Monday, November 23, 2009

The Big Picture

I am currently studying Preach My Gospel, and I'm in Chapter 2: "Effective Study." Near the end of the chapter are "Study Ideas and Suggestions," which provide bulleted lists of ways in which to make your scripture study more effective. Missionaries are encouraged to mark their scriptures, to use study resources (Topical Guide and Bible Dictionary, among others), to apply and live what they learn. These are all good ways to make scripture study more meaningful, but I was most impressed by the heading that encourages missionaries to


I think that members and missionaries of the Church of Jesus Christ of Latter-day Saints are great at reading individual verses closely and remembering them--in no small part because of the scripture mastery program in Seminary. Without looking at your scriptures, I bet that most readers of this blog could tell me the content of the following scripture references--and perhaps quote them:

a) Isaiah 53:3-5

b) 1 Cor. 15:29

c) 1 Ne. 3:7

d) D&C 82:10

e) Moses 1:39

We know what these verses say, but how many of us know the context and background in which they were given? The scripture from 1 Corinthians, for example, is about baptism for the dead, a point which most Church members know. What they don't remember--or at least don't talk about--is that Paul offers baptism for the dead as a defense of the doctrine of the resurrection: this is an important point because it helps us understand that 1) the resurrection was a more controversial topic than baptism for the dead, and 2) that the resurrection is the only reason that baptism for the dead even matters. Or take the scripture from Doctrine and Covenants Section 82. You might know that it promises "I the Lord and bound when ye do what I say," but do you know when and where this promise was given? This section of scripture was revealed in 1832 in Jackson County Missouri, when the Saints were struggling to establish Zion in accordance with God's directive. The statement is a reminder that his promises regarding Zion were only binding if the Saints were obedient, and verse three of that section--"unto whom much is given much is required"--has a similar meaning: having received the promise of Zion, much was expected of the Saints.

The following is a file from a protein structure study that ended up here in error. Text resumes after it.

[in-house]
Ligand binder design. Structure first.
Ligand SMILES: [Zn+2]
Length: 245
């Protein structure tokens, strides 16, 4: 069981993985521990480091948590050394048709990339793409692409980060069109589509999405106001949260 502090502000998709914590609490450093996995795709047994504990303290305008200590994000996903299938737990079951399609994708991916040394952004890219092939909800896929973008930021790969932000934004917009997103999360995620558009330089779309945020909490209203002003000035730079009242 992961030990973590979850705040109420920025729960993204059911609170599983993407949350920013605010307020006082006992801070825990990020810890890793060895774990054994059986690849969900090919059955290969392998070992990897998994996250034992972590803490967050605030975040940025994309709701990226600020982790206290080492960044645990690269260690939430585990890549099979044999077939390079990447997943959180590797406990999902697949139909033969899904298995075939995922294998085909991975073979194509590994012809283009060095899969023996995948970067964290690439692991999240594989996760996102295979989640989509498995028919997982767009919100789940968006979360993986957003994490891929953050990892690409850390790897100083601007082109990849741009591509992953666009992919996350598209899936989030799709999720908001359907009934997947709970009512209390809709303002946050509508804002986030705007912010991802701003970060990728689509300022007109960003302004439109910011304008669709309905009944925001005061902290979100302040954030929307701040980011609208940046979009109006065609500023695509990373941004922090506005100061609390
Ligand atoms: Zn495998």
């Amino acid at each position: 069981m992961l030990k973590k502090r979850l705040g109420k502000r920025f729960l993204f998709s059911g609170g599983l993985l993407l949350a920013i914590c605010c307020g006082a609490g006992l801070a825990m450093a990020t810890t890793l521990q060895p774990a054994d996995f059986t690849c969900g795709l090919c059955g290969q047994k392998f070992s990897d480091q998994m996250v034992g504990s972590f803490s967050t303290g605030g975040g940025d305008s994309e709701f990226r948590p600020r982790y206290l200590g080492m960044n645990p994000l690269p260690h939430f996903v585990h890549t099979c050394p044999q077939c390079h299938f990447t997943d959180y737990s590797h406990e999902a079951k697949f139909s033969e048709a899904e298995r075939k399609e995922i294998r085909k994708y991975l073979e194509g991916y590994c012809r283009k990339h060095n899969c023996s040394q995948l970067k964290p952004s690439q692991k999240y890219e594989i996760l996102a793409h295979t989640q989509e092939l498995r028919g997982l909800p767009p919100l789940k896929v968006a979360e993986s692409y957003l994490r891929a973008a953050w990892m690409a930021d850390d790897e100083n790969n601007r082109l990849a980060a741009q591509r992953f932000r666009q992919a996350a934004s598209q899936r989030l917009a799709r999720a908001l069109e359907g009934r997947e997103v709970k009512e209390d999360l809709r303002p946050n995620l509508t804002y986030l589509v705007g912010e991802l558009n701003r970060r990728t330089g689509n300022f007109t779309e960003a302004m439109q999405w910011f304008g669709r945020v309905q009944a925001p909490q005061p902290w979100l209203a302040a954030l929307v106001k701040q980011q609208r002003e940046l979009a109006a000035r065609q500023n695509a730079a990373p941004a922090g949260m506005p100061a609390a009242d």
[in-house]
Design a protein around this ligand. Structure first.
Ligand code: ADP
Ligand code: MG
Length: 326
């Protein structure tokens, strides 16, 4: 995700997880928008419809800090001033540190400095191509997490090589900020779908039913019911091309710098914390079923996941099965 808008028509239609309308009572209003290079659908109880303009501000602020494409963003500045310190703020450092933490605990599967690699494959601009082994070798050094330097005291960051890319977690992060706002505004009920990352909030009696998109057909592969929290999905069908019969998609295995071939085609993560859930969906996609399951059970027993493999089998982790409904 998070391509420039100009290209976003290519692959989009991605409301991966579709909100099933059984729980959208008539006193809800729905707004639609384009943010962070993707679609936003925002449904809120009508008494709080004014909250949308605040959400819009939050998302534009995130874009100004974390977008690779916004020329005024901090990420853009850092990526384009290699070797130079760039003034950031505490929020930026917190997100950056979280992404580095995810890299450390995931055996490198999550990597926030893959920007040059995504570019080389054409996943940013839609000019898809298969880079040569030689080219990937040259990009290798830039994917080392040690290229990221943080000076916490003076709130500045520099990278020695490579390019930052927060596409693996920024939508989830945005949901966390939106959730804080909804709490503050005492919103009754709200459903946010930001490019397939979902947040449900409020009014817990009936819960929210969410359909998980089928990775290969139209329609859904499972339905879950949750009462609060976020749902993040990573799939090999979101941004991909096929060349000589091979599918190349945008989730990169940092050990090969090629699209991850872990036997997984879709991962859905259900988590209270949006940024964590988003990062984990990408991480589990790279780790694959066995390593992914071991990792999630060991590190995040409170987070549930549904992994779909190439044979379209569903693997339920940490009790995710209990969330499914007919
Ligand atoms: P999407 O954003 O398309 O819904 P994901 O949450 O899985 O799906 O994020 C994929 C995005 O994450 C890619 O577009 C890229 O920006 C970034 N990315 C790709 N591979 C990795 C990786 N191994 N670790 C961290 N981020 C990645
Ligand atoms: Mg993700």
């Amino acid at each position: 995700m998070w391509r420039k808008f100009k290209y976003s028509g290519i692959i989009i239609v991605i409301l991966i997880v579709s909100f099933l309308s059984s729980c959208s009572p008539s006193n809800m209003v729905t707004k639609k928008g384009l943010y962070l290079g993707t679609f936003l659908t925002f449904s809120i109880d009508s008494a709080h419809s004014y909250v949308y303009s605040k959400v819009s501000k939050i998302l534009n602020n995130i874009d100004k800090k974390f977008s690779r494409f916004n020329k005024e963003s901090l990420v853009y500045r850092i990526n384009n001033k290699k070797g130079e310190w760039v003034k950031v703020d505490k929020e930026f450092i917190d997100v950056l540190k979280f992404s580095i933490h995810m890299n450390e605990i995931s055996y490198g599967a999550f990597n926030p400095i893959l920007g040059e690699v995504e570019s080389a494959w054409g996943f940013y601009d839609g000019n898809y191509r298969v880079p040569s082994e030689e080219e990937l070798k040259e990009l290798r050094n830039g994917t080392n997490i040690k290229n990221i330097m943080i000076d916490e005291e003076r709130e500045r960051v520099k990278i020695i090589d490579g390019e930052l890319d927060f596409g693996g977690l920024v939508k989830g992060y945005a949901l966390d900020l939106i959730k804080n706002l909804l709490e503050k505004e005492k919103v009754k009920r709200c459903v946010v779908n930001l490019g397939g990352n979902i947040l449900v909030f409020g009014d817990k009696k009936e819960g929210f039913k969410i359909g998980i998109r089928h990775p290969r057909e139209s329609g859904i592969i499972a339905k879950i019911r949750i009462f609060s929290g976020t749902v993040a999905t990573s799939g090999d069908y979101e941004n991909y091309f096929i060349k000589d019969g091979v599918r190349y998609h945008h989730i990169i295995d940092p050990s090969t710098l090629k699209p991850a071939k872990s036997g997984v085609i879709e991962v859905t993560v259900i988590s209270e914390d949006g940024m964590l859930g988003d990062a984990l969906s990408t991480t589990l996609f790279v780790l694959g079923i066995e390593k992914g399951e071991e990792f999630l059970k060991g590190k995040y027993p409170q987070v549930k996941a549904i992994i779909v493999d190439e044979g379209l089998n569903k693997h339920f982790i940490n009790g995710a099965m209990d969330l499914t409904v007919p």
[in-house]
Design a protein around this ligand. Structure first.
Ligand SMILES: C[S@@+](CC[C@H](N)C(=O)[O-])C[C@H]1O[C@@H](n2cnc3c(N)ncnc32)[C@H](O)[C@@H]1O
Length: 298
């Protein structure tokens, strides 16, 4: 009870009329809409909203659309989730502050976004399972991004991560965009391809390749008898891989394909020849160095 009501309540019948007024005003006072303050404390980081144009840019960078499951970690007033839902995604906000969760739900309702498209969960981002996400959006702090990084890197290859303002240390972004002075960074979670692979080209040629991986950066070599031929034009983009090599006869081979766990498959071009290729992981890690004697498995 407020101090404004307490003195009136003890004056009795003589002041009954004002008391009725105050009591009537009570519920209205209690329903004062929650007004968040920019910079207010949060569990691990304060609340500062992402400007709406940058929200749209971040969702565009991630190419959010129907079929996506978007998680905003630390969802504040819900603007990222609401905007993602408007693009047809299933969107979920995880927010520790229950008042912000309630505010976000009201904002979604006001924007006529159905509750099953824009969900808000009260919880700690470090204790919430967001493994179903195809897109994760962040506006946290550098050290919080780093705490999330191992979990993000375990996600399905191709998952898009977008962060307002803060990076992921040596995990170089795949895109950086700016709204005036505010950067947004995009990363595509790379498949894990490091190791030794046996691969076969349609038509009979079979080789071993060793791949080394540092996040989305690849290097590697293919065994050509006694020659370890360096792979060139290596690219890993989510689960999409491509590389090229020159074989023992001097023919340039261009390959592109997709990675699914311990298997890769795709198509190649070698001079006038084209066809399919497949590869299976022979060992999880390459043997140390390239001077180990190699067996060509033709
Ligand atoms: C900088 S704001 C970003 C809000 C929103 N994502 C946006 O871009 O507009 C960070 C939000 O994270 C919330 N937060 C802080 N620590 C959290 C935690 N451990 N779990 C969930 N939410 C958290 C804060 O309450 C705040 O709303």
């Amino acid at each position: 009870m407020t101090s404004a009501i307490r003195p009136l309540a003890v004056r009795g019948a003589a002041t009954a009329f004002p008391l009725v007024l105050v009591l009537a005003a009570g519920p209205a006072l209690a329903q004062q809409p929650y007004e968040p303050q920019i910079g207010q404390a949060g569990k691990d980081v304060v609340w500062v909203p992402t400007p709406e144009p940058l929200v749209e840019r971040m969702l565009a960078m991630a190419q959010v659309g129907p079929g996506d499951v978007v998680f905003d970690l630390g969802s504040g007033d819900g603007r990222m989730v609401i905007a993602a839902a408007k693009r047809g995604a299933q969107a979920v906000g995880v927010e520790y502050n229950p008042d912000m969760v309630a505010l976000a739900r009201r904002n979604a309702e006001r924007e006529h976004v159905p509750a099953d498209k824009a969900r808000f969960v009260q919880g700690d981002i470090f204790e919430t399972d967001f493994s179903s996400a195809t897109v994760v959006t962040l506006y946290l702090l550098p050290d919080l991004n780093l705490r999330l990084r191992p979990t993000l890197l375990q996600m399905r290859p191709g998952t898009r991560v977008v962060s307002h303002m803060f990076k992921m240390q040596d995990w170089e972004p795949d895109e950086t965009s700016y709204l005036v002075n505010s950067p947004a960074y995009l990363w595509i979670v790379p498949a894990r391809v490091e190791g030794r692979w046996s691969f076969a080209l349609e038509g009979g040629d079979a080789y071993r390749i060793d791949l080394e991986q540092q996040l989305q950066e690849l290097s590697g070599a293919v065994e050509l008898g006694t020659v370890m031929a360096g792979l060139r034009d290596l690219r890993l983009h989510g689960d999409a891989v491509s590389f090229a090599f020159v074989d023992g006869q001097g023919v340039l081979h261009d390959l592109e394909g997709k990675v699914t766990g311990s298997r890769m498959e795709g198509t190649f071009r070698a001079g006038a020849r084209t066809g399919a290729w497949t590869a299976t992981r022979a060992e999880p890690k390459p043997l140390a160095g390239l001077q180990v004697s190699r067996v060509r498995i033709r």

I'm not suggesting that it's a bad thing to read and remember such verses by themselves, only that it would be better if we understood what the verses meant in their original context before we apply them to our own lives. To this end, I want to promote some of the scripture study advice in Preach My Gospel:

"Get an overview by reading the book, chapter, or passage quickly. Seek to understand the context and background.

Try writing the main idea of the passage in a sentence or short paragraph.

Review the sequence of events and the culture. Read the historical information in the Bible Dictionary and the chapter and section summaries." (23)

Having dispensed a prescription, let me provide a sneak peek at some of the payoffs. You've already heard me give a big-picture breakdown of D&C 20; let me provide one here for the book of Matthew.

If you were to read the Book of Matthew through quickly with an eye for the book's structure and not just the content of individual verses, you might notice some interesting coincidences. For instance, you would see that some variant of the phrase "when Jesus had made an end" (Matt. 11:1) occurs five times in the book: 7:28, 11:1, 13:53, 19:1, 26:1. The phrase occurs five times because the book of Matthew is a text with seven parts: a prologue (birth of Christ), an epilogue (death and resurrection of Christ), and five "books." These books are (roughly):

Book I, "Introduction to the New Kingdom of Christ" Matthew 3-7
In the sermon on the mount Christ explains the difference between the old Kingdom (Mosaic law) and his new kingdom (higher law)

Book II, "The Power of the Kingdom" Matthew 8-10
Christ performs miracles

Book III, "Reactions to the Kingdom" Matthew 11-13
Christ condemns and rebukes the Pharisees, others who reject his Kingdom

Book IV, "Leadership of the Kingdom" Matthew 14-18
Christ instructs apostles, takes Peter James and John to the Mount of Transfiguration

Book V, "Future Triumph of the Kingdom," Matthew 19-25
Christ anticipates the last days

Each of these "books" begins with a narrative, moves to a sermon, and closes with "when all these things were ended." Why does it matter that you understand the big picture of Matthew's narrative? Because it helps you understand why he chooses to write Christ's story in the way that he does. (As compared to John, for instance, whose gospel has a completely different structure, audience, and purpose.)

Anyways, I could say a lot more...but I feel strongly that we will understand the scriptures better and be more effective advocates for truths of the Restoration if we strive to see the big picture when we read scriptures. Try it out!


Becky said...

I too am studying Preach My Gospel and I have LOVED the way it has helped me to understand the scriptures more. BUT...are there other books that you use to accompany you? How do you know some of this history?

Jenny said...

I'll just start counting YOU as one of my additional resources when studying the scriptures.